The fact that “Muslim jurists agreed” means that this constitutes an absolute understanding across all of Islam.
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Not satisfied yet? Still think that “jihad” means an “inner struggle” to decide what brand of sunglasses to buy, or what color to paint your toenails?
Consider Shaybani’s Siyar, or The Islamic Law of Nations, which is the oldest, most completely extant text of Islamic law on warfare. It was written by Muhammad ibn al-Hasan al-Shaybani, a disciple of the Hanafi school of Islamic law. Book Thirteen is the Siyar, which concerns jihad and relations with non-Muslims. It tells us that jihad means “just war”, or more popularly, “holy war”.
This means that the people we are fighting in the “War on Terror” — assuming they know what the word jihad means — at the very least believe it is a just war or, in popular parlance, a holy war. A mujahid fights “just wars”, and “just wars” are jihads that are “holy wars”.
The meaning is obviously clear to them. Why isn’t it clear to us?
If you require a modern source, the The Quranic Concept of War is apropos. It was written in 1979 by the serving Brigadier General S. K. Malik, when he was chief of staff of the Pakistani army.
According to Gen. Malik:
So spirited, zealous, complete and thorough should be our preparation for war that we should enter upon the ‘war of muscles’ having already won the ‘war of will’. Only a strategy that aims at striking terror into the hearts of the Enemies from the preparation stage can produce direct results and turn Liddell Hart’s dream into a reality. (p. 58)
This tells us that the Pakistani military understands that there is a Quranic concept of war. President Zia ul Haq declared this book to be his country’s doctrine. The Advocate General in Pakistan, a man named Brohi, stated that it was law.
To make his point about the Quranic concept of war, Gen. Malik includes the following four quotes from the Koran.
I am with you: give firmness to the Believers: I will instill terror into the hearts of the unbelievers. (Qur’an 8: 12)
Soon shall We cast terror into the hearts of the Unbelievers. (Qur’an 3: 151)
And those of the People of the Book who aided them, Allah did take them down from their strongholds and cast terror into their hearts, so that some ye slew, and some ye made prisoners [the women and the children]. And he made you heirs of their lands, their houses, and their goods, and of a land which ye had not frequented (before). And Allah has power over all things. (Qur’an 33: 26-27)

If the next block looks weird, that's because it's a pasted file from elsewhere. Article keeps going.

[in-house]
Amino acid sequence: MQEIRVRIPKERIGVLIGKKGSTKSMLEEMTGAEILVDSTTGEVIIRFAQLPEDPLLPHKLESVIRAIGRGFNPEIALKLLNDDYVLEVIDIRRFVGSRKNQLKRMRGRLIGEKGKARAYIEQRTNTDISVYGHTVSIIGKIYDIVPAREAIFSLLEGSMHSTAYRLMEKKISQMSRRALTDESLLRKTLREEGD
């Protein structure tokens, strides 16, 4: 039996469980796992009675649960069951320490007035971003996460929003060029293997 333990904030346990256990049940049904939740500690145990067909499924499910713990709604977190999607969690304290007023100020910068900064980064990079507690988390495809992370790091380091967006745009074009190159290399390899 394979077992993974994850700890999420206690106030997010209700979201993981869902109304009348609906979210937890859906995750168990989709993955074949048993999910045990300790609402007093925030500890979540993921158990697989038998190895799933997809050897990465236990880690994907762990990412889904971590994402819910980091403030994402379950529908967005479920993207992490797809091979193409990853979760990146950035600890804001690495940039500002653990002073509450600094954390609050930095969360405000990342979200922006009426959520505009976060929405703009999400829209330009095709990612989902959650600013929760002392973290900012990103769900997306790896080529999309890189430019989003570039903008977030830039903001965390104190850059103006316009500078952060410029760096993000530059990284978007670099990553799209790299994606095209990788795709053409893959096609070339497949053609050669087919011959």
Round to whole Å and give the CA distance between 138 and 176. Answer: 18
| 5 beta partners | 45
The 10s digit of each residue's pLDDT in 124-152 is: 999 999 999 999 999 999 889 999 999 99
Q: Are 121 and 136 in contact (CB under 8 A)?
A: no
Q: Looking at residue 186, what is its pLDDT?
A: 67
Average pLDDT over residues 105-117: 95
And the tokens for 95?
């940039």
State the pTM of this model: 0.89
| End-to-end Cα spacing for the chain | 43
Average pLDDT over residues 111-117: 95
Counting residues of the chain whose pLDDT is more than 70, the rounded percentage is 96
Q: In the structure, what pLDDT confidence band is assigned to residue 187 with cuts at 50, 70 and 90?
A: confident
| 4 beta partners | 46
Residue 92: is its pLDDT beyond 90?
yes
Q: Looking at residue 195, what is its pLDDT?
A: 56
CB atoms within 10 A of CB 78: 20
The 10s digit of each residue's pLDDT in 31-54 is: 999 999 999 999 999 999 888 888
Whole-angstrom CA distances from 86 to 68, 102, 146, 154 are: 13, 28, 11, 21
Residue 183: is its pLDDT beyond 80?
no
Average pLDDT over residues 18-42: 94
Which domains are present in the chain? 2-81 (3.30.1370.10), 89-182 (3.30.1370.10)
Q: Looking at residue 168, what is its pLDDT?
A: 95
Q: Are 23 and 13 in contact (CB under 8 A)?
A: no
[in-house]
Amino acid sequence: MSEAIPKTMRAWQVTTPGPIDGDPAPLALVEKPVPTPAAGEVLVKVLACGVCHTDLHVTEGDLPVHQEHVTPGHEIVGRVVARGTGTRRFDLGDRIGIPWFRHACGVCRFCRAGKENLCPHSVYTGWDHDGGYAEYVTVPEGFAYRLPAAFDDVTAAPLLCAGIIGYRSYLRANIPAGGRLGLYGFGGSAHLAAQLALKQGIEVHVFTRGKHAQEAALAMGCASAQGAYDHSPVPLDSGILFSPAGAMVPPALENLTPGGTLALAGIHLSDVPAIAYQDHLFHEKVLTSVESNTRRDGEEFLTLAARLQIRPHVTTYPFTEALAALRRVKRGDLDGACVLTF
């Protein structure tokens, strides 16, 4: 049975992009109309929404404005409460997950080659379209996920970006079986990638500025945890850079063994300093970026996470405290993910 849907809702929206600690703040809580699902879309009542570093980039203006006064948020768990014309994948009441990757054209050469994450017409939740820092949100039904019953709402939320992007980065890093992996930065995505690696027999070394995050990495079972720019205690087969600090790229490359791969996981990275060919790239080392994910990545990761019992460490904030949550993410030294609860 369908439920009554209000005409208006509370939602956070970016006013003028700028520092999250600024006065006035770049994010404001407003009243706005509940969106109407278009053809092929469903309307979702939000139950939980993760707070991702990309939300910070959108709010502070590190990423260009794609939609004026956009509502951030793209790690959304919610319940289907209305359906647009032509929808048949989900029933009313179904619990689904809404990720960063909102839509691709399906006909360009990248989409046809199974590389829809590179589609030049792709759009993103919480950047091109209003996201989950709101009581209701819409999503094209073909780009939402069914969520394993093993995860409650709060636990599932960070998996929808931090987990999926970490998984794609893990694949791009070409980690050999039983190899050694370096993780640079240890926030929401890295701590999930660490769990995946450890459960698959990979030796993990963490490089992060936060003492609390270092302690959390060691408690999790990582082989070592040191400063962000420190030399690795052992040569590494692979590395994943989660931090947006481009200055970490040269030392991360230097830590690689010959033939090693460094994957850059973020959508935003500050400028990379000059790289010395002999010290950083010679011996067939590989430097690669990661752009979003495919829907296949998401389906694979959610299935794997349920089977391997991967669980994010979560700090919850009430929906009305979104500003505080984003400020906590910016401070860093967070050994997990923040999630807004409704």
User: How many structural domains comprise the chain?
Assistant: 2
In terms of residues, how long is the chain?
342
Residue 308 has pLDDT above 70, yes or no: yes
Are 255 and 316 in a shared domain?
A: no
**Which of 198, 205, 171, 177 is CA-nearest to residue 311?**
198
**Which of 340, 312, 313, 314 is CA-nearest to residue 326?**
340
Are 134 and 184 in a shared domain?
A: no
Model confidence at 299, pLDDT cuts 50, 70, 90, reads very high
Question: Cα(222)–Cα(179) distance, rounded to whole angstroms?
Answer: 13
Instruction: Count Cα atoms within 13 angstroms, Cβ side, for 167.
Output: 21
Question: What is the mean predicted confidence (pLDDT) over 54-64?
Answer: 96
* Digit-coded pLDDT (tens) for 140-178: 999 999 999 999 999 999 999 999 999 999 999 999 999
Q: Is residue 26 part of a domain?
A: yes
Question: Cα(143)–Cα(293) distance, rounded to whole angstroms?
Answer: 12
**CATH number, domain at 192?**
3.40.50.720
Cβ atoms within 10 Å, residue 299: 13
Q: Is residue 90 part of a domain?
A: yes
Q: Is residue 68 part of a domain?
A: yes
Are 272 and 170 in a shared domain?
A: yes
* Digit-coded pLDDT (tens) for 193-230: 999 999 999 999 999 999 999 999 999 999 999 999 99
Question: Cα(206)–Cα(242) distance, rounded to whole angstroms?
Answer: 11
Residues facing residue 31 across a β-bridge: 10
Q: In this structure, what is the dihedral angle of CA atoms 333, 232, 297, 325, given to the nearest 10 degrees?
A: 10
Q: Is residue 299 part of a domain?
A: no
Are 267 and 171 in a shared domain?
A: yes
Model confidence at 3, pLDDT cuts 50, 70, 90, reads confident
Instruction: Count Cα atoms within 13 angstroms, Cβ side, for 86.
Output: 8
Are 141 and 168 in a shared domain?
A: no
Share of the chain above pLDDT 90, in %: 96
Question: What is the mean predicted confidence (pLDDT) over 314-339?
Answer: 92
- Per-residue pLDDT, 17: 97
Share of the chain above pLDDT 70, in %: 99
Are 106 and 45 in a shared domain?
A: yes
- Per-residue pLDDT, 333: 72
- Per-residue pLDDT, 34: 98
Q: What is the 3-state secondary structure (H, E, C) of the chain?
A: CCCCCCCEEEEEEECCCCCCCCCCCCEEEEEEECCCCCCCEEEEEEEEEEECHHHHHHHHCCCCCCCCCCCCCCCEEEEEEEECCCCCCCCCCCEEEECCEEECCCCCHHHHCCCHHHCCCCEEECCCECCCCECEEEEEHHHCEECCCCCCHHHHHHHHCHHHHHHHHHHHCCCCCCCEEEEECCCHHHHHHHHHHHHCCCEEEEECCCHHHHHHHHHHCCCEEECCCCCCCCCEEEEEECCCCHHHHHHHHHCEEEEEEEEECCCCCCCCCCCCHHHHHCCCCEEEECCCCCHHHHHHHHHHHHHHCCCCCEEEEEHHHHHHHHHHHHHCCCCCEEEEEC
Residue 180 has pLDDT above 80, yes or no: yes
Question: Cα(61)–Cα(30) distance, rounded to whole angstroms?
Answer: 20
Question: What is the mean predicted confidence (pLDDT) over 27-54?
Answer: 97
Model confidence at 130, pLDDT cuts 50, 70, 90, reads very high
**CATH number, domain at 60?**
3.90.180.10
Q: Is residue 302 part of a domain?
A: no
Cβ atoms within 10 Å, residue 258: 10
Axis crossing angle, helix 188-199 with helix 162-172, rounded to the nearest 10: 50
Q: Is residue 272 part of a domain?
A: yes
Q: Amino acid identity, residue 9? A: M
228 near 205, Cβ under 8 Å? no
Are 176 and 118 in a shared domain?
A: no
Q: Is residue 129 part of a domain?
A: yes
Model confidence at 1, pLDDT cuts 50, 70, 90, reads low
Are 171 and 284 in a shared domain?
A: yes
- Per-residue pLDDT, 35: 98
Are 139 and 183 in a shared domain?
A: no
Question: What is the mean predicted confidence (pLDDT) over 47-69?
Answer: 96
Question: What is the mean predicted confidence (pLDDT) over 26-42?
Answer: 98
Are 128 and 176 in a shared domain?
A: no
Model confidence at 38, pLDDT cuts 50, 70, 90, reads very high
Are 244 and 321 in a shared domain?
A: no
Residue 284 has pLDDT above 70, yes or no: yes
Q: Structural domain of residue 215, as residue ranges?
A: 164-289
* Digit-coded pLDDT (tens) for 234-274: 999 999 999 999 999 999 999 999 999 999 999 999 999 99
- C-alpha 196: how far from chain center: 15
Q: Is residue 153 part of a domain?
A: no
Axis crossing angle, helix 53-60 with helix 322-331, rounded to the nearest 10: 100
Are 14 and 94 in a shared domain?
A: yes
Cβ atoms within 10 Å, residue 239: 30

Let not the unbelievers think that they can get the better (of the Godly): they will never frustrate them. Against them make ready your strength of the utmost of your power, including steeds of war to strike terror into (the hearts of) the enemies of Allah any your enemies, and others besides, whom ye may not know, but whom Allah doth know. (Qur’an 8:56-60)
Given that Allah “made you heirs of their lands…and of a land which ye had not frequented”, it could hardly be said that Mohammed and his followers were engaged in defensive warfare. On the contrary, the forces of Islam mounted an offensive and conquered another tribe or group.
Based on the above citations from the Koran, Brigadier General S. K. Malik concludes:
TERROR struck into the hearts of the enemies is not only a means; it is an end in itself. Once a condition of terror into the opponent’s heart is obtained, hardly anything is left to be achieved. It is the point where the means and the end meet and merge. TERROR is not a means of imposing decision upon the enemy; it is the decision we wish to impose upon him.
So Gen. Malik reasons that the Quranic concept of war is terror, with four quotes from the Koran to back up his argument. On page 60, the last paragraph of the last page of the same chapter is very important:
Terror cannot be struck into the hearts of an army by merely cutting its lines of communication or depriving it of its routes to withdraw. It is basically related to the strength or weakness of the human soul. It can be instilled only if the opponent’s Faith is destroyed. Psychological dislocation is temporary; spiritual dislocation is permanent. … To instill terror into the hearts of the enemy, it is essential, in the ultimate analysis, to dislocate his faith. An invincible faith is immune to terror.